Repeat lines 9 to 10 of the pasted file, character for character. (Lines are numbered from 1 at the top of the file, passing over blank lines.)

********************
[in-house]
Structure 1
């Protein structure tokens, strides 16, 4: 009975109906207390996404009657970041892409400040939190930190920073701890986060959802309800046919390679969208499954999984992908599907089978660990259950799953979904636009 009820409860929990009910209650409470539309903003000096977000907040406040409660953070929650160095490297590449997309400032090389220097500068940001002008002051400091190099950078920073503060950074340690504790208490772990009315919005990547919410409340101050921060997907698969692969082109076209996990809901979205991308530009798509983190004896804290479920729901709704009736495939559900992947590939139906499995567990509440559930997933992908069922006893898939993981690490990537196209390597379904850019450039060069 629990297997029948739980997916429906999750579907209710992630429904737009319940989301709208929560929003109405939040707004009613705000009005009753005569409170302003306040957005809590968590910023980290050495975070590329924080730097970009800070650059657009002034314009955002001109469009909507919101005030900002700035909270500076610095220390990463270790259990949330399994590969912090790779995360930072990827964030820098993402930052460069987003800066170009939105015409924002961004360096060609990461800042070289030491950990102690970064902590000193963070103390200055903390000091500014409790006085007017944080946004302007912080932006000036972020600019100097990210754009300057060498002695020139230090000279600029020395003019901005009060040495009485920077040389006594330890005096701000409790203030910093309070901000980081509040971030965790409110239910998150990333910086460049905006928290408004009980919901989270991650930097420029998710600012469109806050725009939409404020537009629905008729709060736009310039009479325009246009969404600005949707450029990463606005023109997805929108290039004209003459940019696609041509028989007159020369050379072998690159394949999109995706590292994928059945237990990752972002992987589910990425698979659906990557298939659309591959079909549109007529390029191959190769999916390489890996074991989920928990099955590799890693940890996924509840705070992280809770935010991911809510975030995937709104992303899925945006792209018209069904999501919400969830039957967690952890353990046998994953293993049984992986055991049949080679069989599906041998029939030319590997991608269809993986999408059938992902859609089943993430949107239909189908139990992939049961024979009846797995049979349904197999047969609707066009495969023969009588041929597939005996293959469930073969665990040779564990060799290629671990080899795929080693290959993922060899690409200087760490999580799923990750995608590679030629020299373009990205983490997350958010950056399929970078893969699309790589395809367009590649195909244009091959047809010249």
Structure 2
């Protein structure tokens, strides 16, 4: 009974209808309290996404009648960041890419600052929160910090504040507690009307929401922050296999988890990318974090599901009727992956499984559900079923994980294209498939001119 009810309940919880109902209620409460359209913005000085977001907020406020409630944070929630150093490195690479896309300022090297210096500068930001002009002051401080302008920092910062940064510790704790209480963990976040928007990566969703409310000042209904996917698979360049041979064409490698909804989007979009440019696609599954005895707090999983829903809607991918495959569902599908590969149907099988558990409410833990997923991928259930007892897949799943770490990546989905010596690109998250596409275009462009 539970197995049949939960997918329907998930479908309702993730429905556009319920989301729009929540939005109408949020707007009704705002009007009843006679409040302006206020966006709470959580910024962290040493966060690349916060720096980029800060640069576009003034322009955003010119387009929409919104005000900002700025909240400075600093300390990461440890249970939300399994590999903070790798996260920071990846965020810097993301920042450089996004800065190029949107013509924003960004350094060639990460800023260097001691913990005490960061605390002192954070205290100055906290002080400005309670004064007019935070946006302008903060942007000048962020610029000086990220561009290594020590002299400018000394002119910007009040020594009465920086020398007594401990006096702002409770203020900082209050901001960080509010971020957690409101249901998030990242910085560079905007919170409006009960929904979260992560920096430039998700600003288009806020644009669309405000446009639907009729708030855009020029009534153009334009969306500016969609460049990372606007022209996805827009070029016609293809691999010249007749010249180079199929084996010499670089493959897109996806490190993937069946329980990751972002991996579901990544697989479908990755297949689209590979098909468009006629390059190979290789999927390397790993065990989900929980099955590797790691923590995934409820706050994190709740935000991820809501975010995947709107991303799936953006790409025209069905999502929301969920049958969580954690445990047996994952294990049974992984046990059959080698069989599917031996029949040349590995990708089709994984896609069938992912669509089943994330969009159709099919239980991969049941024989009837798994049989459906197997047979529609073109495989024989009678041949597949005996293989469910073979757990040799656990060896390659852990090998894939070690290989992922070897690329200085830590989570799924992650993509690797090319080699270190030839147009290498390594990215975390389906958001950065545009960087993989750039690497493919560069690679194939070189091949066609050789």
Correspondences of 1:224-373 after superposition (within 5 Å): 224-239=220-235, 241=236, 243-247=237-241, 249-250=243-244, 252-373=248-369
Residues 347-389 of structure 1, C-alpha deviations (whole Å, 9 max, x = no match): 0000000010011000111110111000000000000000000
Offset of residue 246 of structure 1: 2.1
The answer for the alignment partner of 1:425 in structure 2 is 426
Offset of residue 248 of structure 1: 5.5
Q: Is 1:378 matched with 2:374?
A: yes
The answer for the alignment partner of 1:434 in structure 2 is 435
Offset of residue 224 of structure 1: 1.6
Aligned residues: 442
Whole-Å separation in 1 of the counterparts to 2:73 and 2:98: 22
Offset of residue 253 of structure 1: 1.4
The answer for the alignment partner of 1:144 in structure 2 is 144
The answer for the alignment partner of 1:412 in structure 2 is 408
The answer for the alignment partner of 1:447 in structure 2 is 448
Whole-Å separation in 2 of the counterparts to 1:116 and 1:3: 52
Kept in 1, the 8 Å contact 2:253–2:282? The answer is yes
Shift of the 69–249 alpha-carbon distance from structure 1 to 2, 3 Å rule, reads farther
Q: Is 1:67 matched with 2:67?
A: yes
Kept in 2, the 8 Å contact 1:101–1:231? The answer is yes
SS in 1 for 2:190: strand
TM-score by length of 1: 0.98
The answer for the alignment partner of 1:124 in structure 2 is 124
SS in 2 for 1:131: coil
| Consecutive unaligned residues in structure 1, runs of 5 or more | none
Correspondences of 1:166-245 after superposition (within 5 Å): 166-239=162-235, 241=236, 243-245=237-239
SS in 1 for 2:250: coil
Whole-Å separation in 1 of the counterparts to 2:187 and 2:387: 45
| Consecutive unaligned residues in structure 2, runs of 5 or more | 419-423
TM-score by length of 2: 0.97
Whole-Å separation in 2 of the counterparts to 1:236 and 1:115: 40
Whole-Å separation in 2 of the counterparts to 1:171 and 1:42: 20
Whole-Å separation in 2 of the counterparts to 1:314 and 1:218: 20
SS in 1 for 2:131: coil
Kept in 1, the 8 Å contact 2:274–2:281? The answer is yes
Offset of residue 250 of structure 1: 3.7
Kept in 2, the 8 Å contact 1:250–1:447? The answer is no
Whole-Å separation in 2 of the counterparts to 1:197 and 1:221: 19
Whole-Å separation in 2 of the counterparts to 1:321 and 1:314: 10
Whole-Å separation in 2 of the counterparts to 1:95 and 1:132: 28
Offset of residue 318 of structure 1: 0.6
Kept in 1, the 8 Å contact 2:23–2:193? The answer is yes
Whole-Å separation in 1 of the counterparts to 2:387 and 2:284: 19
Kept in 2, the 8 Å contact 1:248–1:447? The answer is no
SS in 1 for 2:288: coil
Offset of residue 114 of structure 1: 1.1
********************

The answer for the alignment partner of 1:425 in structure 2 is 426
Offset of residue 248 of structure 1: 5.5